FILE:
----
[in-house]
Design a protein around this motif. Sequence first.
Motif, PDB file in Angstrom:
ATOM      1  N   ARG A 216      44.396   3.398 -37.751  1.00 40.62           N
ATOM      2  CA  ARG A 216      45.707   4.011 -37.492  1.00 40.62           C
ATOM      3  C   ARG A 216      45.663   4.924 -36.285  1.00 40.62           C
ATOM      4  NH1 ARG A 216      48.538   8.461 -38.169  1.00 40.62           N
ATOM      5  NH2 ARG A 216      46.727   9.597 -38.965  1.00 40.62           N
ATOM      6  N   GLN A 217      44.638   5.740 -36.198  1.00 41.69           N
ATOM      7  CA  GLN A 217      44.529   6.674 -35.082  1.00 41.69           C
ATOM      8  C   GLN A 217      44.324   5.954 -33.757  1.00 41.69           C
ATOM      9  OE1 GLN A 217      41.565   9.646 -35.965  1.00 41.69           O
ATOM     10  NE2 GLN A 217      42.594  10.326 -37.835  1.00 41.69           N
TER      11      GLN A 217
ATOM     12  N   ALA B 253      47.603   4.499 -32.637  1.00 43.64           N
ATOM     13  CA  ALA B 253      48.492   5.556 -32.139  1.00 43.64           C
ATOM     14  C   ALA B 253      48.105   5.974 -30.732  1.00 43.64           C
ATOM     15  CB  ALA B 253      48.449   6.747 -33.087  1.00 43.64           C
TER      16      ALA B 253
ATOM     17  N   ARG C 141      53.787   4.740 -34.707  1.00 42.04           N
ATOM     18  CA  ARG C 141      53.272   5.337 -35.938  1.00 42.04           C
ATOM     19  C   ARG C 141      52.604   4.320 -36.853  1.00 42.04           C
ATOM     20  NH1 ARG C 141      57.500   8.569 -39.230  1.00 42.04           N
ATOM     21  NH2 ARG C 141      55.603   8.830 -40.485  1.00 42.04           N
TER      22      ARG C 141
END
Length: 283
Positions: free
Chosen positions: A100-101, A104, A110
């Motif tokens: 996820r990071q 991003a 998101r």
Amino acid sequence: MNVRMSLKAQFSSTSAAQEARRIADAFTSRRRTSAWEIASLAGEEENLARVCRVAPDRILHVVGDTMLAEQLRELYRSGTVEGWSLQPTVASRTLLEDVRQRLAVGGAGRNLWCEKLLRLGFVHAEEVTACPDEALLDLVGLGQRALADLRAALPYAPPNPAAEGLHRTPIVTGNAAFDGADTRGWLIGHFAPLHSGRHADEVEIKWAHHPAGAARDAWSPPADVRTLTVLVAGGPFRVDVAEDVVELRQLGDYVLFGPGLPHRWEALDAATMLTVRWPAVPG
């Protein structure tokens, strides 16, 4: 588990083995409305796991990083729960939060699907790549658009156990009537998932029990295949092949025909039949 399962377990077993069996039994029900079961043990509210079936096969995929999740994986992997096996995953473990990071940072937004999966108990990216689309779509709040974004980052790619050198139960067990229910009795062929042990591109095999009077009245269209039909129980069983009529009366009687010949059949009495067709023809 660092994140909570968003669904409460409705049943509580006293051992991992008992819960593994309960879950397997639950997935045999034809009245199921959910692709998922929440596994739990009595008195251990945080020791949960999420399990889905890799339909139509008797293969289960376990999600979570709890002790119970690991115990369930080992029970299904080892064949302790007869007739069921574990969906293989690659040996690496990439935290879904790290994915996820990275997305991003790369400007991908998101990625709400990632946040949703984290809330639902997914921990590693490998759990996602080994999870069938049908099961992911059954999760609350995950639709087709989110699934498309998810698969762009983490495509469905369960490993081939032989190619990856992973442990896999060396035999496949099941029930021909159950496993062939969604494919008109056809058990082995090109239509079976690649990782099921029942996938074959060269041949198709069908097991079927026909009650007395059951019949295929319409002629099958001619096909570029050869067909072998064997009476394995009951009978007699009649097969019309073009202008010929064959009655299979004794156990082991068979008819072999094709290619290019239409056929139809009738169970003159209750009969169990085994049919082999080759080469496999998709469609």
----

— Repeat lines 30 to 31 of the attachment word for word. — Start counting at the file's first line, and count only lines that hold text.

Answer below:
């Motif tokens: 996820r990071q 991003a 998101r």
Amino acid sequence: MNVRMSLKAQFSSTSAAQEARRIADAFTSRRRTSAWEIASLAGEEENLARVCRVAPDRILHVVGDTMLAEQLRELYRSGTVEGWSLQPTVASRTLLEDVRQRLAVGGAGRNLWCEKLLRLGFVHAEEVTACPDEALLDLVGLGQRALADLRAALPYAPPNPAAEGLHRTPIVTGNAAFDGADTRGWLIGHFAPLHSGRHADEVEIKWAHHPAGAARDAWSPPADVRTLTVLVAGGPFRVDVAEDVVELRQLGDYVLFGPGLPHRWEALDAATMLTVRWPAVPG